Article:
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Monday, 23 July 2018

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Maybe I'm naive about this, but what's wrong with using the original boxes that the paper came in? I've been doing this for a while (15 years or so) and no noticeable deterioration. No additional cost, always a box available, they even give you a plastic bag to put them in, and obviously no problem fitting prints to box.

And then there's these: https://www.google.com/search?q=flat+files&client=firefox-b-1&source=univ&tbm=shop&tbo=u&sa=X&ved=0ahUKEwj59um_r7XcAhWwmOAKHef7D2AQsxgIKA&biw=1184&bih=578

So Mike I'm just embarking on trying to GROW my "pile of prints" - having not printed much in the last decade or so, and am thinking about how to store them once I get up to speed again.

I was planning to use screwpost portfolios, rather than boxes, and using one per year (or whatever time period seems reasonable).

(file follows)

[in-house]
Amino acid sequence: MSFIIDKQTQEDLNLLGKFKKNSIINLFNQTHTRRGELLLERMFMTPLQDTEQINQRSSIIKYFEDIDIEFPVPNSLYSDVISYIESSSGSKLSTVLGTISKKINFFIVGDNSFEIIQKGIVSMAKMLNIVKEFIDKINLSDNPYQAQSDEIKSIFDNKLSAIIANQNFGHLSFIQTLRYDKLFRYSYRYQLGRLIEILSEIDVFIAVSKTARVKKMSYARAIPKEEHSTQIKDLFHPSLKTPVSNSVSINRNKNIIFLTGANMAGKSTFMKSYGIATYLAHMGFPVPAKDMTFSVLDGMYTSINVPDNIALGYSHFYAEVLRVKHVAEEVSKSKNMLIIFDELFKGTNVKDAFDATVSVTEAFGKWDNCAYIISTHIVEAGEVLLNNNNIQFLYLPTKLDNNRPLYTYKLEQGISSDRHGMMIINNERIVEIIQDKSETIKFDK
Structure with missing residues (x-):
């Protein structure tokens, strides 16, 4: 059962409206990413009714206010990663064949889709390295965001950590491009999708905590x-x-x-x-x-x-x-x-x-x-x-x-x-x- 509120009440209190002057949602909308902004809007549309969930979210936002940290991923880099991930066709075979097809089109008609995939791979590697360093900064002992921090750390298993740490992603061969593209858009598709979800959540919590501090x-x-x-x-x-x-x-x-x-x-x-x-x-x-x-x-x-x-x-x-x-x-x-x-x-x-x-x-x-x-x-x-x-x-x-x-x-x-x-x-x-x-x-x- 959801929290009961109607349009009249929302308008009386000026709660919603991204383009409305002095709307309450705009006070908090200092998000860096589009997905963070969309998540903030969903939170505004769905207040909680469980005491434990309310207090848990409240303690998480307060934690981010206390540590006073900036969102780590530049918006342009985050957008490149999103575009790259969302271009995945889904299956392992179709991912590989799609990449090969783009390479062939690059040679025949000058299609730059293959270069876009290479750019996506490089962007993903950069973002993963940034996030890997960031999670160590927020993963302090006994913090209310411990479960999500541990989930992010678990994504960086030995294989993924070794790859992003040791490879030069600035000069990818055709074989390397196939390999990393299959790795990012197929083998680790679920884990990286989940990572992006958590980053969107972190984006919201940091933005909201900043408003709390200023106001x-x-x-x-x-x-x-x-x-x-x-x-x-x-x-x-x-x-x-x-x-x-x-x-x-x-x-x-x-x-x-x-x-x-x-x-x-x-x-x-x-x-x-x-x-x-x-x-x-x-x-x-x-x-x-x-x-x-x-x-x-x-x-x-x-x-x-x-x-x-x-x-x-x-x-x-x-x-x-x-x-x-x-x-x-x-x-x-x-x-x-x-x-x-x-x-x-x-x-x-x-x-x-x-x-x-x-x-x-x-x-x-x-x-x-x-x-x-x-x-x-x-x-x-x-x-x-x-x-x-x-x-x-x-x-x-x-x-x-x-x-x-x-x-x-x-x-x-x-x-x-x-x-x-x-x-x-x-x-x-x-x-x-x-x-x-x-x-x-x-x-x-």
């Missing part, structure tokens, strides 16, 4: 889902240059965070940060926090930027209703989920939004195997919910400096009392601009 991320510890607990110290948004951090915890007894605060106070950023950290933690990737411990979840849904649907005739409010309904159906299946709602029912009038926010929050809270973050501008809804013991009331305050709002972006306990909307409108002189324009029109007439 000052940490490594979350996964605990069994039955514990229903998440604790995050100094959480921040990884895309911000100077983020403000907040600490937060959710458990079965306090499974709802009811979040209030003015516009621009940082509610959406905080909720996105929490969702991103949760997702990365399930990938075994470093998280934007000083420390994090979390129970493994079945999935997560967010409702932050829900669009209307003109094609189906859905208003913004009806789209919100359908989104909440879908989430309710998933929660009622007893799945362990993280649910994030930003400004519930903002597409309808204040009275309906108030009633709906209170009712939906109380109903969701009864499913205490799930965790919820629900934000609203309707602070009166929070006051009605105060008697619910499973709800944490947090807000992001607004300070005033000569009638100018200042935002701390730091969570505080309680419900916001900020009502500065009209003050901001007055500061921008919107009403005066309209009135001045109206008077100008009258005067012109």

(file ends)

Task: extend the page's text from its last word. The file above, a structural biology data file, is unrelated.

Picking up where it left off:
My thinking is that I prefer to have my prints bound in some fashion (but easily un-doable), rather than loose in a box. Is there a downside to this that I'm not seeing, or is loose in a box just your personal preference?

Library supply firms such as Gaylord http://www.gaylord.com/ (no association) also supply a variety of archival products and have helpful info on their website. I bought stuff from them for many years as a post secondary institutional purchaser

I'm fully on-board with ya, Mike, that print boxes are the way to go to store, archive, and review prints. I've also been doing this for years. Nice thing is they, can be organized by project.

But, I'm having a bit of a dèjá vu, here, all over again.

Wasn't there a (nearly identical) article about this on TOP a coupla three years or so ago? ;-)